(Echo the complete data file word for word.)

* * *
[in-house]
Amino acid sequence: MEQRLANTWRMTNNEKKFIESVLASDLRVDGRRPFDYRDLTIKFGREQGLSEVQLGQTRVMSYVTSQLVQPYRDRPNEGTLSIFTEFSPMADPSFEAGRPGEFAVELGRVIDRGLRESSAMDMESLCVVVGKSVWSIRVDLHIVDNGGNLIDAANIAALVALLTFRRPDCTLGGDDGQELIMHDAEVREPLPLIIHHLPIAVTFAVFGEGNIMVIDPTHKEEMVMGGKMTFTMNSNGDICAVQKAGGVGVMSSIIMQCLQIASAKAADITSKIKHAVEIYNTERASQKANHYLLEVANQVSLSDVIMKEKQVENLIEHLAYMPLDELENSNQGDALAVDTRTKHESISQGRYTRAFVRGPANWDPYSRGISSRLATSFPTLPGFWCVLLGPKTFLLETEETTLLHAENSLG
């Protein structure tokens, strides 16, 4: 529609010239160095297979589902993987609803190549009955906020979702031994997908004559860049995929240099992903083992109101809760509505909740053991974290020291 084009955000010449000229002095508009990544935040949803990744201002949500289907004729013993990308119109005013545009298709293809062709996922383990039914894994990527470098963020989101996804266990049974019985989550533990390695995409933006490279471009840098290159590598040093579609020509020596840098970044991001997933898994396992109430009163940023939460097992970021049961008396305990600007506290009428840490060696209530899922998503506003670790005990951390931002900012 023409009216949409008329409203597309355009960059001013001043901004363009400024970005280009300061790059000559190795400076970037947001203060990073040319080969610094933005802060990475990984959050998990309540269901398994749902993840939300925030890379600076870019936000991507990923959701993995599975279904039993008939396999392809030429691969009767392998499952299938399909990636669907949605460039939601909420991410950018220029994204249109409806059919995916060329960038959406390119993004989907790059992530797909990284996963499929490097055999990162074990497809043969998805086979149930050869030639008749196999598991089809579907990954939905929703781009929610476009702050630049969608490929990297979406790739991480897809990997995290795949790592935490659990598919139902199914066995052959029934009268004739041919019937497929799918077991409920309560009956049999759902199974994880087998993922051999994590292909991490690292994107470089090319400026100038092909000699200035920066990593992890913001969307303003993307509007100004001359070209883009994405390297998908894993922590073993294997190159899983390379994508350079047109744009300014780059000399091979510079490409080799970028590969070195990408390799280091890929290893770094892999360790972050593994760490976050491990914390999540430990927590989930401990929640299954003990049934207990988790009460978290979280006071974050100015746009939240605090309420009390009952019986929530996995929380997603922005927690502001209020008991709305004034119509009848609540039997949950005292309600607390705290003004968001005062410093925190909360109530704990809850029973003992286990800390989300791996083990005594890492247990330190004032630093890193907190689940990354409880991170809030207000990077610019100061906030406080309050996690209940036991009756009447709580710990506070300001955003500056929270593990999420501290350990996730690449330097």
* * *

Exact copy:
[in-house]
Amino acid sequence: MEQRLANTWRMTNNEKKFIESVLASDLRVDGRRPFDYRDLTIKFGREQGLSEVQLGQTRVMSYVTSQLVQPYRDRPNEGTLSIFTEFSPMADPSFEAGRPGEFAVELGRVIDRGLRESSAMDMESLCVVVGKSVWSIRVDLHIVDNGGNLIDAANIAALVALLTFRRPDCTLGGDDGQELIMHDAEVREPLPLIIHHLPIAVTFAVFGEGNIMVIDPTHKEEMVMGGKMTFTMNSNGDICAVQKAGGVGVMSSIIMQCLQIASAKAADITSKIKHAVEIYNTERASQKANHYLLEVANQVSLSDVIMKEKQVENLIEHLAYMPLDELENSNQGDALAVDTRTKHESISQGRYTRAFVRGPANWDPYSRGISSRLATSFPTLPGFWCVLLGPKTFLLETEETTLLHAENSLG
């Protein structure tokens, strides 16, 4: 529609010239160095297979589902993987609803190549009955906020979702031994997908004559860049995929240099992903083992109101809760509505909740053991974290020291 084009955000010449000229002095508009990544935040949803990744201002949500289907004729013993990308119109005013545009298709293809062709996922383990039914894994990527470098963020989101996804266990049974019985989550533990390695995409933006490279471009840098290159590598040093579609020509020596840098970044991001997933898994396992109430009163940023939460097992970021049961008396305990600007506290009428840490060696209530899922998503506003670790005990951390931002900012 023409009216949409008329409203597309355009960059001013001043901004363009400024970005280009300061790059000559190795400076970037947001203060990073040319080969610094933005802060990475990984959050998990309540269901398994749902993840939300925030890379600076870019936000991507990923959701993995599975279904039993008939396999392809030429691969009767392998499952299938399909990636669907949605460039939601909420991410950018220029994204249109409806059919995916060329960038959406390119993004989907790059992530797909990284996963499929490097055999990162074990497809043969998805086979149930050869030639008749196999598991089809579907990954939905929703781009929610476009702050630049969608490929990297979406790739991480897809990997995290795949790592935490659990598919139902199914066995052959029934009268004739041919019937497929799918077991409920309560009956049999759902199974994880087998993922051999994590292909991490690292994107470089090319400026100038092909000699200035920066990593992890913001969307303003993307509007100004001359070209883009994405390297998908894993922590073993294997190159899983390379994508350079047109744009300014780059000399091979510079490409080799970028590969070195990408390799280091890929290893770094892999360790972050593994760490976050491990914390999540430990927590989930401990929640299954003990049934207990988790009460978290979280006071974050100015746009939240605090309420009390009952019986929530996995929380997603922005927690502001209020008991709305004034119509009848609540039997949950005292309600607390705290003004968001005062410093925190909360109530704990809850029973003992286990800390989300791996083990005594890492247990330190004032630093890193907190689940990354409880991170809030207000990077610019100061906030406080309050996690209940036991009756009447709580710990506070300001955003500056929270593990999420501290350990996730690449330097």